For your home's septic tank and sewer works to keep functioning like they should and to maximize the life of the septic tank and pipes, a careful design of the system, proper installation, and regular maintenance of the septic system are required. Basic maintenance of the septic tank is necessary to prevent dirty, foul-smelling odors and bacteria from threatening your family's health and surrounding groundwater free of sewer pollution.
Proper maintenance and regular pumping of the septic tank system greatly reduces the risk of contamination to the surrounding well and ground water, and may save you from costly septic system repairs or a complete septic system replacement.
Simply ignoring small and common problems with your septic system will eventually not save you any money!
How a Septic System works
How a septic system works depends on how the septic system is set up and on where the sewer works takes the waste and sewer water to the septic system. The septic tank has two sections. The first section is where the waste enters from sewage works of a house or other another type of building. The waste is broken down in the first tank by natural bacteria that comes from our own bodies.
The second part of the system is set up to have the sewer water soak down through a setup of gravel, sand and other filtering materials to disperse the sewer water back into the ground.
Septic tank systems consist of two basic components:
1. the septic tank
2. the septic drainfield / leaching field or a dry well / seepage pit
Your waste water flows through the sewer works from the house into the septic system. The concrete septic tank is designed to hold the waste water and allow heavy solids and materials to settle and gather at the bottom of the septic tank. The solids are gradually decomposed by bacteria inside of the septic tank to form sludge. Grease and other light materials float to the top of the septic tank and form a layer of scum on top of the wastewater. The baffles installed in the septic tank at the septic inlet and outlet of the concrete tank try to prevent the scum and solids from getting out.
Often newer type concrete septic systems are divided into two compartments by a partial concrete wall in the center of the concrete septic tank. This helps ensure that the sewer sludge does not get pushed out of the baffle from the septic tank into the drainfield / dry well or the sewage works. These newer types of septic tank systems also have two manhole covers, one above each baffle.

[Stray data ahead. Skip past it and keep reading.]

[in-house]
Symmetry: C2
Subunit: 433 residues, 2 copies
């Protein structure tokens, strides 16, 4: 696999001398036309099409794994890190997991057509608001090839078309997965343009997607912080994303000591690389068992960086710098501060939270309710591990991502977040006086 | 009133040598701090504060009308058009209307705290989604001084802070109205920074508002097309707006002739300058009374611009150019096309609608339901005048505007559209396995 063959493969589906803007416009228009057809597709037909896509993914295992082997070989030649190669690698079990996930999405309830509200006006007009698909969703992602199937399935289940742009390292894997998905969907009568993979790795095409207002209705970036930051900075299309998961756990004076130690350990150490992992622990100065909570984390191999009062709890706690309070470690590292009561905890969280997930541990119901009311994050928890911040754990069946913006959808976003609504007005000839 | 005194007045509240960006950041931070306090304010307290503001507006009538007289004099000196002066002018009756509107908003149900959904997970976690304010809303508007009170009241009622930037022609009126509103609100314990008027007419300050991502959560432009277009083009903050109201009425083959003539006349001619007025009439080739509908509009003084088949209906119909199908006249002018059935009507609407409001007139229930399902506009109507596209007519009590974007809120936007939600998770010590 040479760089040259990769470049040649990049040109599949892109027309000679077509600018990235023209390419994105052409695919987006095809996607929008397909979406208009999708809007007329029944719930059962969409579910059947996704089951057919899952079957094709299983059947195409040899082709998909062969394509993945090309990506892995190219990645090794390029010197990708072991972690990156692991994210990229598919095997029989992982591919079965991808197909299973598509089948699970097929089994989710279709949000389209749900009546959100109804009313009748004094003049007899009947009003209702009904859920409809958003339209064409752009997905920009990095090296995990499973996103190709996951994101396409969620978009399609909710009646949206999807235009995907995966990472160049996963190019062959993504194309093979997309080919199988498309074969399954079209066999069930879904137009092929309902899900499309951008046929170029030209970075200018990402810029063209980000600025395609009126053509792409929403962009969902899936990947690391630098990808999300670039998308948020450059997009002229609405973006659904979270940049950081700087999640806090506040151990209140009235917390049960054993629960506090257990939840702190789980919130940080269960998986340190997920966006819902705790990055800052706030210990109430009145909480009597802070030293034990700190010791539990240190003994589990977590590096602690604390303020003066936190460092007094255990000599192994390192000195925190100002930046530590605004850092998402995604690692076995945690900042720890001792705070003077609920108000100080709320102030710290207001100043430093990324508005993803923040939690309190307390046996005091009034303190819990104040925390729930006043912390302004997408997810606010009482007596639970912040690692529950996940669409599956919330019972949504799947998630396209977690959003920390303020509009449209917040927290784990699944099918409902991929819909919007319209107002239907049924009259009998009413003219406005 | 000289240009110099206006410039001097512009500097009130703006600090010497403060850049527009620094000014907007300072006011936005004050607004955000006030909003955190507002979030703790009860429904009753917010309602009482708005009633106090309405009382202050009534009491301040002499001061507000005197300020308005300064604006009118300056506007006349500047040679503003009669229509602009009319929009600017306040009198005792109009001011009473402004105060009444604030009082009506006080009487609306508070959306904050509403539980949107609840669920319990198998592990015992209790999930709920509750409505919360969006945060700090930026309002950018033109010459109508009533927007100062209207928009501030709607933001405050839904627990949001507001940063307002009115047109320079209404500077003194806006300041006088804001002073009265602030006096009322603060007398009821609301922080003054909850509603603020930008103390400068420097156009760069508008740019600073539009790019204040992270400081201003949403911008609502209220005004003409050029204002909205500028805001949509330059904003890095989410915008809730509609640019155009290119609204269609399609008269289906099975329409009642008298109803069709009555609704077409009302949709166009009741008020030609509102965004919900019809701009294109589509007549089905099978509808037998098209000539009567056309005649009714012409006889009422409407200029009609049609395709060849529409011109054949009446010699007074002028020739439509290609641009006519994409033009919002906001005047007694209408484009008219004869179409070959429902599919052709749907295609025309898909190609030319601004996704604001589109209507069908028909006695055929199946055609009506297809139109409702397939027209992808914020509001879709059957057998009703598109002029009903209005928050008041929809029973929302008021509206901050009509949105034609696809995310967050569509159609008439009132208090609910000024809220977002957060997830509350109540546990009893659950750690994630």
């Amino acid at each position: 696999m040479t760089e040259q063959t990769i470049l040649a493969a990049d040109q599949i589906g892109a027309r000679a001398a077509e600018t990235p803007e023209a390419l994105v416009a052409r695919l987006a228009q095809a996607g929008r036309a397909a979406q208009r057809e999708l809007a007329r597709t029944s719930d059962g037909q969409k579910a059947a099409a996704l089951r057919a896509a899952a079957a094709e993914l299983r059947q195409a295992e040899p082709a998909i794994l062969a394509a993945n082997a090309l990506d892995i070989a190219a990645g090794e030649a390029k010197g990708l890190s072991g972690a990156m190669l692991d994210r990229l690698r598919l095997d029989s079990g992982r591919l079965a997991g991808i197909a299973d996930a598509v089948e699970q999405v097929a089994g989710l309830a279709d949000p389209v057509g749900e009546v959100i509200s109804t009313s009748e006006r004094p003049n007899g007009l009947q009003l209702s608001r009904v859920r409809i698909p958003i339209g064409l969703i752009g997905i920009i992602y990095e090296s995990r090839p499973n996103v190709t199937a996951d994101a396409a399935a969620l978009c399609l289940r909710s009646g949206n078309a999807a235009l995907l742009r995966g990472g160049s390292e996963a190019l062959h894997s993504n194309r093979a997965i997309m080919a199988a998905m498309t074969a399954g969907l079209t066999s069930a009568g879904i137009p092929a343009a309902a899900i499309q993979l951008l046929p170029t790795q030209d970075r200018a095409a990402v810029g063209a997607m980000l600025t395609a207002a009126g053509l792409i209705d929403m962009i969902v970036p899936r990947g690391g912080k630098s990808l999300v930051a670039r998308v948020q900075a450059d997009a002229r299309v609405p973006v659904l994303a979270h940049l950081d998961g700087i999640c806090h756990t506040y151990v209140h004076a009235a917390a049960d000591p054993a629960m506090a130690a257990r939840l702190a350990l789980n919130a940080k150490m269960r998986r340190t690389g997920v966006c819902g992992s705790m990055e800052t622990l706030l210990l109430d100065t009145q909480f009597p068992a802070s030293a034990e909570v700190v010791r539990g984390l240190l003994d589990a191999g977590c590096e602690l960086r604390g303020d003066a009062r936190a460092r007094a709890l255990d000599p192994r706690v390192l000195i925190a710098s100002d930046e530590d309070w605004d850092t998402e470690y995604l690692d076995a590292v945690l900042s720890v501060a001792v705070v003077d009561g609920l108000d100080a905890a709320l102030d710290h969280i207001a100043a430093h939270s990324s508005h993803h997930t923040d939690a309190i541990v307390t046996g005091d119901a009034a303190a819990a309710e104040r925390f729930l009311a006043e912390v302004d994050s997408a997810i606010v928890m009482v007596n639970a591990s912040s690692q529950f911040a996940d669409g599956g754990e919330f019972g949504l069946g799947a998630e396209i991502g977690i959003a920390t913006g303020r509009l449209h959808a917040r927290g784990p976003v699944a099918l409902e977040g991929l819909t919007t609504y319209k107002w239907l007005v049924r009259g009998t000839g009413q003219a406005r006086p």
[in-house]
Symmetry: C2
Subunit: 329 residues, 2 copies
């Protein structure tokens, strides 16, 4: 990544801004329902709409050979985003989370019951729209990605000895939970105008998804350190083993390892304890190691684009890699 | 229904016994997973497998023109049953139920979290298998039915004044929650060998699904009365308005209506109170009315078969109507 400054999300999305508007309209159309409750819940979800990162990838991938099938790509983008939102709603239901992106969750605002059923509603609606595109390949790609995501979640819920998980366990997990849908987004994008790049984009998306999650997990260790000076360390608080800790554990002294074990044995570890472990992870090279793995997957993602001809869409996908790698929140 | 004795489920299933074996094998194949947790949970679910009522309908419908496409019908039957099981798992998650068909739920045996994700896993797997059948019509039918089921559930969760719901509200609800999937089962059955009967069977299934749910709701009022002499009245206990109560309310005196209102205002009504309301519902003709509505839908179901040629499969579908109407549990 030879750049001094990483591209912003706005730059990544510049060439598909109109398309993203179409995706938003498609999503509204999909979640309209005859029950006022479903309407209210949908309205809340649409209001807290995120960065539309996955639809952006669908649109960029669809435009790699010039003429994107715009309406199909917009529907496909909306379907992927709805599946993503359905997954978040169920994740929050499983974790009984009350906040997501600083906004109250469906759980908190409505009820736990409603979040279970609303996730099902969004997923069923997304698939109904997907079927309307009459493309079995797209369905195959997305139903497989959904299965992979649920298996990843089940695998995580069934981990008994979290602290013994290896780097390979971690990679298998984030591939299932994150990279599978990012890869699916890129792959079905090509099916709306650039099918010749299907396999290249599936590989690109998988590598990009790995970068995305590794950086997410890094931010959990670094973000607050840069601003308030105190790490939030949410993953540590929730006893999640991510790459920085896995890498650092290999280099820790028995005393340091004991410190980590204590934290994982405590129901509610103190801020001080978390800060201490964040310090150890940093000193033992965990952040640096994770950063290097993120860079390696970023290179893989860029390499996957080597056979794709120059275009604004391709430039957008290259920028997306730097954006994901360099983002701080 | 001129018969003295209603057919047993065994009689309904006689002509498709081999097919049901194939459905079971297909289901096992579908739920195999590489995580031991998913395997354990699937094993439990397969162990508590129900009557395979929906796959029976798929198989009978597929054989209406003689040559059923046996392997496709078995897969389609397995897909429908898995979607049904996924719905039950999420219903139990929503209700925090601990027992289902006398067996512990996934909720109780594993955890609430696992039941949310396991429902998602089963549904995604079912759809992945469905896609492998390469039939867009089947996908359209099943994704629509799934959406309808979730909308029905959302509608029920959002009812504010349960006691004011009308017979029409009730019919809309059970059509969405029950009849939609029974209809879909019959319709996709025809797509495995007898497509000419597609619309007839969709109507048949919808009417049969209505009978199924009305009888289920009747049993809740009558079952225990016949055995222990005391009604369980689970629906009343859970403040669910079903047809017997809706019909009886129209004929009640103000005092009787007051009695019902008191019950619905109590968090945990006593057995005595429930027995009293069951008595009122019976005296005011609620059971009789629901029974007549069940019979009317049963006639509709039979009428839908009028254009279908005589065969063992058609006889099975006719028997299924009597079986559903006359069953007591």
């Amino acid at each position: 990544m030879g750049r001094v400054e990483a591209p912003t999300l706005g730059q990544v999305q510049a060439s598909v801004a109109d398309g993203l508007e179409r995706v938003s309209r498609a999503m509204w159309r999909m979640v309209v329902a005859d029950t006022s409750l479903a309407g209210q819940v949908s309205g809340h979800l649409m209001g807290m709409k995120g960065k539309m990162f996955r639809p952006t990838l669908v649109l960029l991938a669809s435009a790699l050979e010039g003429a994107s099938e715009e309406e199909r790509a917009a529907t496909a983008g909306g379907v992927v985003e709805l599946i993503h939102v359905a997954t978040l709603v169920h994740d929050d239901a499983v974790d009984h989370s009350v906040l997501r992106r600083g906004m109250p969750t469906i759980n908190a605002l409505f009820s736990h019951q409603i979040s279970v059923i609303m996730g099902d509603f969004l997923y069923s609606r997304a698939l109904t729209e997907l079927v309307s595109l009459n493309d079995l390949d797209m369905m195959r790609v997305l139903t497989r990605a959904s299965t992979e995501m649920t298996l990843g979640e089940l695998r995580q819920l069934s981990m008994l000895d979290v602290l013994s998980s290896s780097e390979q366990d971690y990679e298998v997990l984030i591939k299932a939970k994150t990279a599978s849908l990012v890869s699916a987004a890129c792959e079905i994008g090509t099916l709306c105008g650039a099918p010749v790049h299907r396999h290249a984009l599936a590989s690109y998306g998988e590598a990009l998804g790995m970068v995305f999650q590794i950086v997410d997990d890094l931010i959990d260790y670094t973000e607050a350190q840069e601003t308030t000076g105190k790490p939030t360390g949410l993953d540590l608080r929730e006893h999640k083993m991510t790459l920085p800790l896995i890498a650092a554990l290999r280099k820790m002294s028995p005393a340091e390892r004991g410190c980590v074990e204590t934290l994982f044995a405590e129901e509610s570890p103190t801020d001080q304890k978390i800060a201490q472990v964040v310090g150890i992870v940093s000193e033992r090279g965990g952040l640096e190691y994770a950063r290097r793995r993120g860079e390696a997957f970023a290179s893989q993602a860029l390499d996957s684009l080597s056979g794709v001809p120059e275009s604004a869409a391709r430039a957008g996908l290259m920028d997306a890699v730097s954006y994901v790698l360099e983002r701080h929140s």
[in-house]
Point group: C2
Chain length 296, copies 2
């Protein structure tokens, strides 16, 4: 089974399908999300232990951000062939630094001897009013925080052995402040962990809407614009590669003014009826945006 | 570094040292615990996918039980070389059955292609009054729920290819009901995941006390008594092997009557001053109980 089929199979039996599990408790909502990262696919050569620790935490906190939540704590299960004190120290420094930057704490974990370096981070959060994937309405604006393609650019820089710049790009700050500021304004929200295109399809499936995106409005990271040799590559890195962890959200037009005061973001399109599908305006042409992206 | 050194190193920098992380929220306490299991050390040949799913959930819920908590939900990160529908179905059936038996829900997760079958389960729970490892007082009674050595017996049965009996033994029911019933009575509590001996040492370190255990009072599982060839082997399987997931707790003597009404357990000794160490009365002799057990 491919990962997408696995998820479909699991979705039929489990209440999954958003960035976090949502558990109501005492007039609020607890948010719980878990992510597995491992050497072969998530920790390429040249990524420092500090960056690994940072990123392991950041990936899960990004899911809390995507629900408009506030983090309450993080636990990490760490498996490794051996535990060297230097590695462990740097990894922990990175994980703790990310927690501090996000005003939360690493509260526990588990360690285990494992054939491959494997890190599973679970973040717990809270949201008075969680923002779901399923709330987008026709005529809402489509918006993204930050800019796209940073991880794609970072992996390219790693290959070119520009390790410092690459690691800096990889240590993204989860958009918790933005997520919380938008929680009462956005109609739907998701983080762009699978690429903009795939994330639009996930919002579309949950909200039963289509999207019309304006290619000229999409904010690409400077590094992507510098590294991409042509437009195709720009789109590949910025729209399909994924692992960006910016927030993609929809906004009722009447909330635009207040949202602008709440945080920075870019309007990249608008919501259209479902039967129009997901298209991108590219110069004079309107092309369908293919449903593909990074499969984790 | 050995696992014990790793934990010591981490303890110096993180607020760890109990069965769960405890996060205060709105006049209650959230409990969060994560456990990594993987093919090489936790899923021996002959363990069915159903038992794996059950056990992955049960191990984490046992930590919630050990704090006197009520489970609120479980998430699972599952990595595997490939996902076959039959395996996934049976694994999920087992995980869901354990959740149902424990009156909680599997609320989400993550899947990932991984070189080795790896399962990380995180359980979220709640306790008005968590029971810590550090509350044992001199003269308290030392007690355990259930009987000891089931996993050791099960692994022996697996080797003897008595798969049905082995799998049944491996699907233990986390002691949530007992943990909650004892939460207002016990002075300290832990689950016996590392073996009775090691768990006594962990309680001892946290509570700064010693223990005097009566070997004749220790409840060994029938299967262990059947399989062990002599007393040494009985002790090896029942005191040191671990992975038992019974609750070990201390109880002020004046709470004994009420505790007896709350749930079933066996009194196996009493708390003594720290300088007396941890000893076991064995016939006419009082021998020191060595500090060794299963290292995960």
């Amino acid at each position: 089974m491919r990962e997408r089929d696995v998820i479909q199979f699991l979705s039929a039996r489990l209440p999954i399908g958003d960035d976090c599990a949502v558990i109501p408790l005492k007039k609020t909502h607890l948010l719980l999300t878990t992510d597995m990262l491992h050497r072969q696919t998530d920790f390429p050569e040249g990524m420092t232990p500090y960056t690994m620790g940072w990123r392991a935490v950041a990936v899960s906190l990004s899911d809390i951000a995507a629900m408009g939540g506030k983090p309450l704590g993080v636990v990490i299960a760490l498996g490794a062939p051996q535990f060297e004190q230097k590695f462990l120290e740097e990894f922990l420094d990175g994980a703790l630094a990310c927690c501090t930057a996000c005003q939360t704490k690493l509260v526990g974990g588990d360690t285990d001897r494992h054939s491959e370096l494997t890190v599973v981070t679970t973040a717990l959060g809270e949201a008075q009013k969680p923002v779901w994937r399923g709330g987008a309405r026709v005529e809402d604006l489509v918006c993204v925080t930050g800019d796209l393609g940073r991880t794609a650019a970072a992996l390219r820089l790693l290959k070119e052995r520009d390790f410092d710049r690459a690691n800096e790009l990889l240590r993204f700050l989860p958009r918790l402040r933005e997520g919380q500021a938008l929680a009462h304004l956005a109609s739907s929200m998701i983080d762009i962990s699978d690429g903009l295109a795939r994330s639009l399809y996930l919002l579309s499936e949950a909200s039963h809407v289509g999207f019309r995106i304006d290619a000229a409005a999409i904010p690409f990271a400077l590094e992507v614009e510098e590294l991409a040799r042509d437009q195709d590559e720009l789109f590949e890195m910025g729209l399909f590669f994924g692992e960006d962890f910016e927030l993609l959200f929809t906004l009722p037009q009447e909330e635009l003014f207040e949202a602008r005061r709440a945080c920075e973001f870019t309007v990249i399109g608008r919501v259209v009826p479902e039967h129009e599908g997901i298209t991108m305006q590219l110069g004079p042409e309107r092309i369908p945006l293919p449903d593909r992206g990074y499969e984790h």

A sewage pipe leads from the septic tank to the distribution box. Inside the distribution box the waste water is channeled into one or more perforated pipes set in trenches filled with gravel or rocks. This is know as the septic systems drainfield, also called a leaching field or trench. Here the wastewater slowly seeps (infiltrates) from the drainfield into the ground. Dissolved wastes and bacteria in the sewage water are trapped or adsorbed by the earth and decomposed by microorganisms. The purified wastewater then either goes into the ground water or evaporates from the earth. Trench septic systems are the most common type of system used in new home construction.
An alternative to the more common drainfields or leaching fields is a seepage pit also called a dry well. In this type of septic system the wastewater flows through the sewage works from the septic tank into a pre-cast comcrete tank with holes in the sidewall. The dry well itself is surrounded by gravel or rocks. Older dry wells often consist of a pit with open-jointed brick or stone walls. The wastewater seeps through the holes or joints to the surrounding earth.
Some of the more common signs of problems with your septic system include: Nasty odors and gurgling sounds comming from the septic system, slow drains and standing water. Sewer odors comming from the septic system could come from the septic tank itself or the field line. A clogged and backed-up septic system can cause the drains to gurgle. Standing water above your field line indicates that a septic tank system is full. Slow drains are often caused by too much sewer sludge (solid waste) in the septic system.